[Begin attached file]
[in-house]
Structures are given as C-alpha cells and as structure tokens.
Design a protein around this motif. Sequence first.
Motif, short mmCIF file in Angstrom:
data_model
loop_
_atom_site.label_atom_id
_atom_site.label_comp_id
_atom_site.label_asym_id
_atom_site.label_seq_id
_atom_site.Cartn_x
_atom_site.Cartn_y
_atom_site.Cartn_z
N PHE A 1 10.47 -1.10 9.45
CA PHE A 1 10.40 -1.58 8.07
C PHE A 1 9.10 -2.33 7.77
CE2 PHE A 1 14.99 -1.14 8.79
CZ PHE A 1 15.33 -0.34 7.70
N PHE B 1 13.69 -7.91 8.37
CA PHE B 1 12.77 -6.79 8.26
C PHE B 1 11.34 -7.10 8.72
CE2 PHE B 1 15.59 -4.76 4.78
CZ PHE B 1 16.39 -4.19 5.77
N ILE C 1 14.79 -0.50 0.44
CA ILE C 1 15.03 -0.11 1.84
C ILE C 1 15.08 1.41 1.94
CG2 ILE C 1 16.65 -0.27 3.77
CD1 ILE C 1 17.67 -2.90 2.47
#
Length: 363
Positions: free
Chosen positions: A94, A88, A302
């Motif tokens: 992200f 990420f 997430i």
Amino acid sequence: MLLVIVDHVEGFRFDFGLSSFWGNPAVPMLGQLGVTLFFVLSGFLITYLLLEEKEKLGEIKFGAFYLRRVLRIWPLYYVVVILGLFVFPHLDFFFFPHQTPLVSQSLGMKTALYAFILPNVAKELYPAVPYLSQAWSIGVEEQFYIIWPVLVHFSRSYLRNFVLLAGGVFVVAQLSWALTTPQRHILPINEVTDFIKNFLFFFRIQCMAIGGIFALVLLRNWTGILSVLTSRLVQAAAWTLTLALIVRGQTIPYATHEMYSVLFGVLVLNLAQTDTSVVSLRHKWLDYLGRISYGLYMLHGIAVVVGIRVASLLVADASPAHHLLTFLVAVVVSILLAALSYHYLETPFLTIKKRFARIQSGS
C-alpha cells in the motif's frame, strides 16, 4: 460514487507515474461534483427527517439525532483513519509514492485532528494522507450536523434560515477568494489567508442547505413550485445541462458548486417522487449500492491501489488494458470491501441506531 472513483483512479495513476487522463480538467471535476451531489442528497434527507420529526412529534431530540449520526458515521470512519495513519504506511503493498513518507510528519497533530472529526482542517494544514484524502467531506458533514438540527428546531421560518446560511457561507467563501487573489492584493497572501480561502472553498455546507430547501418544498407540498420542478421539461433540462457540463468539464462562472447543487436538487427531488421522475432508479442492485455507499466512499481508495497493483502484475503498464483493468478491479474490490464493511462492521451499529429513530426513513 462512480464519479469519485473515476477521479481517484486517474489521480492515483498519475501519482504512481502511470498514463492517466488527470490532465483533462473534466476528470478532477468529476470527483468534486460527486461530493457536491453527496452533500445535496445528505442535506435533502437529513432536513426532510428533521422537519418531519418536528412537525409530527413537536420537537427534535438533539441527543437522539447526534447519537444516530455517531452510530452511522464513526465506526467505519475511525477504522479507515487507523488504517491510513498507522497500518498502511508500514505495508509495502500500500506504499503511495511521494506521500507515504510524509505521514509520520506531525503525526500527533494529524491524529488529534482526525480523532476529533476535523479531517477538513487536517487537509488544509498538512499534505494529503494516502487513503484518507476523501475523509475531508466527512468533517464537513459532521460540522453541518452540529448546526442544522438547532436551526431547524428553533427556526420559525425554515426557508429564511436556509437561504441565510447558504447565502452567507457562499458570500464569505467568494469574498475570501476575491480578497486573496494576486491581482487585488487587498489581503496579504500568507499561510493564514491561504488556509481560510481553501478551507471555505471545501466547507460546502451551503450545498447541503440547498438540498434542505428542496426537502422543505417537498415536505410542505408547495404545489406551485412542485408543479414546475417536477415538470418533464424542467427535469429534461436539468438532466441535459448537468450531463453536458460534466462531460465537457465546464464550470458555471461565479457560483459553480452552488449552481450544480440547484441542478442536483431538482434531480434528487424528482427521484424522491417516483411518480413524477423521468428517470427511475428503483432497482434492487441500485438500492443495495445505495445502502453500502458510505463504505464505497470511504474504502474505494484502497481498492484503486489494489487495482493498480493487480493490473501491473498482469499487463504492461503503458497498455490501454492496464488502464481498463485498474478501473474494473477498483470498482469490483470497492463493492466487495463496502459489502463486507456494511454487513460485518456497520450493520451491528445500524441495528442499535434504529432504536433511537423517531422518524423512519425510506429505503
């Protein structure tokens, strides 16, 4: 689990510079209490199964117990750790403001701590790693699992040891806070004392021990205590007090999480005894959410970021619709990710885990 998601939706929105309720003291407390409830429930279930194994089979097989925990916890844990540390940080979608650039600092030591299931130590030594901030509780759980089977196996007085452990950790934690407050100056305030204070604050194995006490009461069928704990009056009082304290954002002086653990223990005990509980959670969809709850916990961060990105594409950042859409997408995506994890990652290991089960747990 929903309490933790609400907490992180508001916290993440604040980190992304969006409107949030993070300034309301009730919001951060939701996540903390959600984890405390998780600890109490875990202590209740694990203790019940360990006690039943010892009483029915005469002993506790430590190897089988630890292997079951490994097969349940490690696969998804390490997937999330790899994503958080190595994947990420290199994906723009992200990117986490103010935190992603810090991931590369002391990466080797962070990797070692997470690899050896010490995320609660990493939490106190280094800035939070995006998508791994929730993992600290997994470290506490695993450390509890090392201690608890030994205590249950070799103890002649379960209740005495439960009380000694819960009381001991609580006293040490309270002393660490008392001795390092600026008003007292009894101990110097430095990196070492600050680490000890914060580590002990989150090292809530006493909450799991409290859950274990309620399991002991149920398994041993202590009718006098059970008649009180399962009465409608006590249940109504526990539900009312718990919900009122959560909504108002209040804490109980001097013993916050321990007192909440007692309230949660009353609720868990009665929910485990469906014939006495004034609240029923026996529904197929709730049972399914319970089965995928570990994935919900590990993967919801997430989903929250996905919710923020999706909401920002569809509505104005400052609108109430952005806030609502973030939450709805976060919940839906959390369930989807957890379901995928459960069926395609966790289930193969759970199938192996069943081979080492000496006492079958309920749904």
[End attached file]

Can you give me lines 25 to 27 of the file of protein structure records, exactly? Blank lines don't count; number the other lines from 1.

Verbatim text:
CA ILE C 1 15.03 -0.11 1.84
C ILE C 1 15.08 1.41 1.94
CG2 ILE C 1 16.65 -0.27 3.77